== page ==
Tim Cook Isn’t the Only One with a China Problem

Apple CEO Tim Cook has a China problem.

He’s not the only one…

Apple makes around 90% of iPhones in China. From a supply chain perspective, this is better than where Apple stood a few years ago when it made all its iPhones there. Then COVID hit along with China’s extended lockdowns and the harsh realization that the country was, at best, an unreliable supply chain partner.

Since then, Apple has moved some production to India, and it’s pulling suppliers like Taiwanese electronics manufacturer Foxconn there with it. It plans to make around a quarter of all iPhones in India within the next two to three years.

I’ve written here before about the push to decouple from China and reshore/friendshore production by US companies. But China is taking similar steps to decouple from the US.

Just look at its iPhone policy. An increasing number of Chinese state and state-affiliated agencies are barring workers from bringing iPhones and other foreign tech into their offices.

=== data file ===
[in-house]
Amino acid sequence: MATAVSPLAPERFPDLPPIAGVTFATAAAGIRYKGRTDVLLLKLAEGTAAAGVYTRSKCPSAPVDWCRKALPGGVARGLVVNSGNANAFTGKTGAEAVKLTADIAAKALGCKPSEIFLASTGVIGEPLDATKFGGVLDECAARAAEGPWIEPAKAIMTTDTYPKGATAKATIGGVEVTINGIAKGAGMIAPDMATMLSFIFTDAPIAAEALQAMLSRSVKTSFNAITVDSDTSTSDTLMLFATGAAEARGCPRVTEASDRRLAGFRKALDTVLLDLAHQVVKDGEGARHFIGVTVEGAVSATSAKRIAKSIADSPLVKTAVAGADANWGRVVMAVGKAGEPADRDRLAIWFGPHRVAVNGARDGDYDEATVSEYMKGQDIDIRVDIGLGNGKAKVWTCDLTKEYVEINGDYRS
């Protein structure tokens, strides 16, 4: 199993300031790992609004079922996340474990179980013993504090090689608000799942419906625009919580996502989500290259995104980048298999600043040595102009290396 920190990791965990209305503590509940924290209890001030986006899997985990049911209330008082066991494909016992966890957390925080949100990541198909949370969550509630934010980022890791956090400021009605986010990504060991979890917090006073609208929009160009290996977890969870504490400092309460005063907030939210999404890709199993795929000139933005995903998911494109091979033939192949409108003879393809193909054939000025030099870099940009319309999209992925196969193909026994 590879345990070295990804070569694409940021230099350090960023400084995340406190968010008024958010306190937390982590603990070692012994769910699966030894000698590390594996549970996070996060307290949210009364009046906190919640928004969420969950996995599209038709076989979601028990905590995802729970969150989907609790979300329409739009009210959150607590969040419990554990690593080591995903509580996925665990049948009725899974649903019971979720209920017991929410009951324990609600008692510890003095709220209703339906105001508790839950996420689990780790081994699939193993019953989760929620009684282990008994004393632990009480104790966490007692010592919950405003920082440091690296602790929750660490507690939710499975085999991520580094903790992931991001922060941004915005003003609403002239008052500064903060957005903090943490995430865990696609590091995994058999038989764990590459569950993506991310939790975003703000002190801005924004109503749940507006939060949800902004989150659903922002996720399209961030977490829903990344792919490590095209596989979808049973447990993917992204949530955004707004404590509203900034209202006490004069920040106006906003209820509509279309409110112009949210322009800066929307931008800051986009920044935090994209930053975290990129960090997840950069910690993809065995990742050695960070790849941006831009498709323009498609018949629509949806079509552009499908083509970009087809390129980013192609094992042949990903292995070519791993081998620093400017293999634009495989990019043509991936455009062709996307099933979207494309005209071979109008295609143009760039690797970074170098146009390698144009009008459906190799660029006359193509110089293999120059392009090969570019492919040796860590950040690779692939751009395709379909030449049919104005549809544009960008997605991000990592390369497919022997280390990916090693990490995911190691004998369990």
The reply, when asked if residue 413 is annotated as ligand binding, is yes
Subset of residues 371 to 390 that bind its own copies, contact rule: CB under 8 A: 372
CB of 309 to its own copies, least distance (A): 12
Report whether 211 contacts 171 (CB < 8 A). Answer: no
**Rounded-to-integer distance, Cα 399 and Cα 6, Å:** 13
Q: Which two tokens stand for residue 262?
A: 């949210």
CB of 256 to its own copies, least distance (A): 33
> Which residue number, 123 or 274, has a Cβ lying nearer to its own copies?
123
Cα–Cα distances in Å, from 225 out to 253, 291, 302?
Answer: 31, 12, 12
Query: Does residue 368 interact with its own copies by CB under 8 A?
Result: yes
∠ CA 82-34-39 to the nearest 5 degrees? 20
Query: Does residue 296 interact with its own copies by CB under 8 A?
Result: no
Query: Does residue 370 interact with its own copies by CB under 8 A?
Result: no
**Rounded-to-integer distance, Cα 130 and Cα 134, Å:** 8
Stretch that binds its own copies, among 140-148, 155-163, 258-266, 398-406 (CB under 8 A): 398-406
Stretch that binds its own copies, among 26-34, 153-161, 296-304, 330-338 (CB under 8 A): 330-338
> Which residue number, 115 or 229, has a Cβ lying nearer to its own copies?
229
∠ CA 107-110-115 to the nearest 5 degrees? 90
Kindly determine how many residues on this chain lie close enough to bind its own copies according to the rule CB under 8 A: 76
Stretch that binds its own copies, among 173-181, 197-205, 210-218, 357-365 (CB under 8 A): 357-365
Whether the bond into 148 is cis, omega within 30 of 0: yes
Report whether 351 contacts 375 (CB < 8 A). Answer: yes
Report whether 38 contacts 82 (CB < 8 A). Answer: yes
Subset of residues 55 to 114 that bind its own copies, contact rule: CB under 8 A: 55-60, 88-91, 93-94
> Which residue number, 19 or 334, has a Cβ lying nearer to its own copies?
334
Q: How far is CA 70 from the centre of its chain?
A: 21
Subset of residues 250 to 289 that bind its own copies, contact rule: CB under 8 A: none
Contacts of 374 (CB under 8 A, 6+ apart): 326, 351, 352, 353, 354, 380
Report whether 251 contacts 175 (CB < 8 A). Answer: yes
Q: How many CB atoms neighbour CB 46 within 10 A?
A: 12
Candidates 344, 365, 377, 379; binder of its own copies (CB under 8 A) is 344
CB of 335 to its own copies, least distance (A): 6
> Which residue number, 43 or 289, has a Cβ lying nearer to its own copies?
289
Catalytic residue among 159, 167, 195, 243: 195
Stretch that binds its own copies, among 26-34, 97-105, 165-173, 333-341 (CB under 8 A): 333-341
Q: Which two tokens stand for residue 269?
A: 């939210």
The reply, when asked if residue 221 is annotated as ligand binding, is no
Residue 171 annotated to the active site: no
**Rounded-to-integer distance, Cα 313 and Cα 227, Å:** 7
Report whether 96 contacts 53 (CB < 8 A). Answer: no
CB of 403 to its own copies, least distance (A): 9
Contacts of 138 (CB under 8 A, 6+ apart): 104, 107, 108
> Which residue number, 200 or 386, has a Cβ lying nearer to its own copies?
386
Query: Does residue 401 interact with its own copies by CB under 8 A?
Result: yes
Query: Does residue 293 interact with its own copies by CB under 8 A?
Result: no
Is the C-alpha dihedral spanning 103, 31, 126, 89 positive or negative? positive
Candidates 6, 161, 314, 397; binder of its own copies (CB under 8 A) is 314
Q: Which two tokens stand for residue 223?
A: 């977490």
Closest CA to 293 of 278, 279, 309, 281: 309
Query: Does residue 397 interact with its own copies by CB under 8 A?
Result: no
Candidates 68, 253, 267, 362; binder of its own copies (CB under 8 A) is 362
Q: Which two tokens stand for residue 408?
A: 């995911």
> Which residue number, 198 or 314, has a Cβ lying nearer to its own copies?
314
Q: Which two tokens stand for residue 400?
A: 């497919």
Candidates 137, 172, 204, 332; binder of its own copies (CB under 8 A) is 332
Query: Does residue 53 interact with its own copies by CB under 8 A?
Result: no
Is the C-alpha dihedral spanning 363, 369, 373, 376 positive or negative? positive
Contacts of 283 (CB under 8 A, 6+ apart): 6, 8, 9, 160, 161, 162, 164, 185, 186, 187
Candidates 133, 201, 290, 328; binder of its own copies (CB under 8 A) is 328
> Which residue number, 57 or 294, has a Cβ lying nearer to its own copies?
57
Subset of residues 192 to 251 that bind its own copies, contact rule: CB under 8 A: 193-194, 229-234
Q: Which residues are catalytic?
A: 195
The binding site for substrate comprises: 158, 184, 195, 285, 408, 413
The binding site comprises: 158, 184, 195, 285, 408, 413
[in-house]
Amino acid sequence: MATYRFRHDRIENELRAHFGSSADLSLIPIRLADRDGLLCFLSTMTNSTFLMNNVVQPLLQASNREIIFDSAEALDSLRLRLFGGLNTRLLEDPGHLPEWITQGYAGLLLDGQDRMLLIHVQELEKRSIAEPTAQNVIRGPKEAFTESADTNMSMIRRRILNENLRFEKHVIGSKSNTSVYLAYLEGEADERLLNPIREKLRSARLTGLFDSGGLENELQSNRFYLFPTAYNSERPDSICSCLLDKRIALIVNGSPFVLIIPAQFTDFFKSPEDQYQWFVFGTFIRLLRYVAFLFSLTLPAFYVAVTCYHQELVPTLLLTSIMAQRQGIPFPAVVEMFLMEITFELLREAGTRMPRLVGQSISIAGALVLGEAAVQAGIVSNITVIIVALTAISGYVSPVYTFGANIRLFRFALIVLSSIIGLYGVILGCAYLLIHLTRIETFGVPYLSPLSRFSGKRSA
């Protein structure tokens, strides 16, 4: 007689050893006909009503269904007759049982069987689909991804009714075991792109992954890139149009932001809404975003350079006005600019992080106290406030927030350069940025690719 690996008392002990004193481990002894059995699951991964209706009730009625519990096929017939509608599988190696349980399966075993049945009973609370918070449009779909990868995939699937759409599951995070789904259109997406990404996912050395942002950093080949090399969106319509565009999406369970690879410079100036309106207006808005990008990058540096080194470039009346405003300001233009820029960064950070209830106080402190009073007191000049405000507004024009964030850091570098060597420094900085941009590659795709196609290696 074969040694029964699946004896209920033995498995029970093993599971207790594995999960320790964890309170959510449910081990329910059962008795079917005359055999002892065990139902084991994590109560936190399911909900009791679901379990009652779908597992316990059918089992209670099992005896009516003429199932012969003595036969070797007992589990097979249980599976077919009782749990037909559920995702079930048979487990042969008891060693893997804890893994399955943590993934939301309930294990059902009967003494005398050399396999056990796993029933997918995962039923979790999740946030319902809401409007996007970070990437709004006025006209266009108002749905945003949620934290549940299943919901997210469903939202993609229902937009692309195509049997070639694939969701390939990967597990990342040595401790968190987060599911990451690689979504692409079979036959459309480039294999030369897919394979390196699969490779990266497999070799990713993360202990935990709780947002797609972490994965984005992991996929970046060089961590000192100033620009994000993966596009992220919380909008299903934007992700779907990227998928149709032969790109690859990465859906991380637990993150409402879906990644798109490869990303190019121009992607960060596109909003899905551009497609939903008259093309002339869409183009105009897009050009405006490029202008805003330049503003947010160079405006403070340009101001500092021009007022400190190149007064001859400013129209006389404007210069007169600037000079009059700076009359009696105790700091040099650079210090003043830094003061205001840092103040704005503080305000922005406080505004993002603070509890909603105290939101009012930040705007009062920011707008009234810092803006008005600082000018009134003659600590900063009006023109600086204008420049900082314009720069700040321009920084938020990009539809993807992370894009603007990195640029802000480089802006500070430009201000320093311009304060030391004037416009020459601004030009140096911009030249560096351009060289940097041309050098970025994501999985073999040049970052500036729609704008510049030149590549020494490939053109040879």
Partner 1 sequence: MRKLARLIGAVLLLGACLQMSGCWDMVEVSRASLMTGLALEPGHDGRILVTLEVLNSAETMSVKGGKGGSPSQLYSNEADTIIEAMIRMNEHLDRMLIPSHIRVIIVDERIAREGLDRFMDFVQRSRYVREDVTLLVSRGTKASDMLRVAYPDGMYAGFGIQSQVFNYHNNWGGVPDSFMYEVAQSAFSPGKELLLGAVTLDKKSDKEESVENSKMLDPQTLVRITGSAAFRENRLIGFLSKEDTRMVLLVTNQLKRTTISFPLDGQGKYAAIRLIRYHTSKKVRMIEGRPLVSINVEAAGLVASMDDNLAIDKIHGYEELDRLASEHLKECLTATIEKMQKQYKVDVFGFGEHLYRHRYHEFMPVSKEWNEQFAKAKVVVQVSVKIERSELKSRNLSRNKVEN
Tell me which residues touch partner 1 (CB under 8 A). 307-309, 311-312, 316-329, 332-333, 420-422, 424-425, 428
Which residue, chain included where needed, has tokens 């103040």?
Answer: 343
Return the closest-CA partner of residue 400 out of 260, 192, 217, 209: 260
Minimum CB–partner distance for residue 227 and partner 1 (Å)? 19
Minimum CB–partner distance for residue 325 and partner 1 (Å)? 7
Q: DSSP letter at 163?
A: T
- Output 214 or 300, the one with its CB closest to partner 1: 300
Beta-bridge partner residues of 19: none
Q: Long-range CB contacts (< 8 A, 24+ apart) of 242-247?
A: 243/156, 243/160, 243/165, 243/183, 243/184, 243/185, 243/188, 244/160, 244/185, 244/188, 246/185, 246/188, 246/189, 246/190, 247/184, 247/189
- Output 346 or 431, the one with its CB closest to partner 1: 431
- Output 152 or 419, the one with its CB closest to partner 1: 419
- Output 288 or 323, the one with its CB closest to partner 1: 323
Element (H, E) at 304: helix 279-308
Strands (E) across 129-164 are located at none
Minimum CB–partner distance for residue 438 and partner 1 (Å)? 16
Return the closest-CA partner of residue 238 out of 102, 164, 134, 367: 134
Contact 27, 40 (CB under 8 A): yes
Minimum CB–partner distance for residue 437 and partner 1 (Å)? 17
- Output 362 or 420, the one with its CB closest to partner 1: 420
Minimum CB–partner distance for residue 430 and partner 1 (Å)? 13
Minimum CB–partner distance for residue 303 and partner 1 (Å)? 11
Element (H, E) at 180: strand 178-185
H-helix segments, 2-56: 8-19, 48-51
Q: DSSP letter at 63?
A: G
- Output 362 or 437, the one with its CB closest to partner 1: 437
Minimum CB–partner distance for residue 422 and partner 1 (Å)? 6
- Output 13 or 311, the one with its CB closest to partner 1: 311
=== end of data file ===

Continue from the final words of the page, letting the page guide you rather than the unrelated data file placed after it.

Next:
Is that really any different from US agencies barring TikTok on government phones?

Yes, I would argue it is. We’re talking about a Communist country. China’s government has an entirely different relationship with its citizens, with unspoken but very real rules they need to discern to stay out of the crosshairs.

One example is China’s social credit system, which aims to, among other nebulous goals, promote “state-sanctioned moral values.” Does owning an iPhone for personal use influence your standing with the CCP? I cannot say for sure, but if it doesn’t want you on an iPhone at work, it’s not hard to read between the lines.